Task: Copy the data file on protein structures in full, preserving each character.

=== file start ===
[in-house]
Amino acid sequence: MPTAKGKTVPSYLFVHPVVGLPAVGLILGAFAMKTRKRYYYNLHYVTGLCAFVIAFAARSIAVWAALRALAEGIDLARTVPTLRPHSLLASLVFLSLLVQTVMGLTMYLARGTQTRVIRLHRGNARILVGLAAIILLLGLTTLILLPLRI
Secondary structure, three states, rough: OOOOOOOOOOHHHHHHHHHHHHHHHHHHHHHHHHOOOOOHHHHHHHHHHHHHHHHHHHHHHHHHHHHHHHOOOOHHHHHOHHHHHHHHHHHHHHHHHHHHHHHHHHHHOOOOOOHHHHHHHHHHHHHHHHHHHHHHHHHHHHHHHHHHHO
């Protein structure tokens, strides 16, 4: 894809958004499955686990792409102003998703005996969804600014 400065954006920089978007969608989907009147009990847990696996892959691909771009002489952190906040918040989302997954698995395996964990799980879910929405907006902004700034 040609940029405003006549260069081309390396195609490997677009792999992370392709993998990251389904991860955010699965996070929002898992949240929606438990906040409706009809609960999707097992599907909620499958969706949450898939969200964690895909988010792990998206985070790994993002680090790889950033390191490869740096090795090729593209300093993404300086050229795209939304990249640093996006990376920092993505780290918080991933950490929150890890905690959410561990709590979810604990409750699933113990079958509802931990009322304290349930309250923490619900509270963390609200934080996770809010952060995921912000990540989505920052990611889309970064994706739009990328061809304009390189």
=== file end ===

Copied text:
[in-house]
Amino acid sequence: MPTAKGKTVPSYLFVHPVVGLPAVGLILGAFAMKTRKRYYYNLHYVTGLCAFVIAFAARSIAVWAALRALAEGIDLARTVPTLRPHSLLASLVFLSLLVQTVMGLTMYLARGTQTRVIRLHRGNARILVGLAAIILLLGLTTLILLPLRI
Secondary structure, three states, rough: OOOOOOOOOOHHHHHHHHHHHHHHHHHHHHHHHHOOOOOHHHHHHHHHHHHHHHHHHHHHHHHHHHHHHHOOOOHHHHHOHHHHHHHHHHHHHHHHHHHHHHHHHHHHOOOOOOHHHHHHHHHHHHHHHHHHHHHHHHHHHHHHHHHHHO
């Protein structure tokens, strides 16, 4: 894809958004499955686990792409102003998703005996969804600014 400065954006920089978007969608989907009147009990847990696996892959691909771009002489952190906040918040989302997954698995395996964990799980879910929405907006902004700034 040609940029405003006549260069081309390396195609490997677009792999992370392709993998990251389904991860955010699965996070929002898992949240929606438990906040409706009809609960999707097992599907909620499958969706949450898939969200964690895909988010792990998206985070790994993002680090790889950033390191490869740096090795090729593209300093993404300086050229795209939304990249640093996006990376920092993505780290918080991933950490929150890890905690959410561990709590979810604990409750699933113990079958509802931990009322304290349930309250923490619900509270963390609200934080996770809010952060995921912000990540989505920052990611889309970064994706739009990328061809304009390189």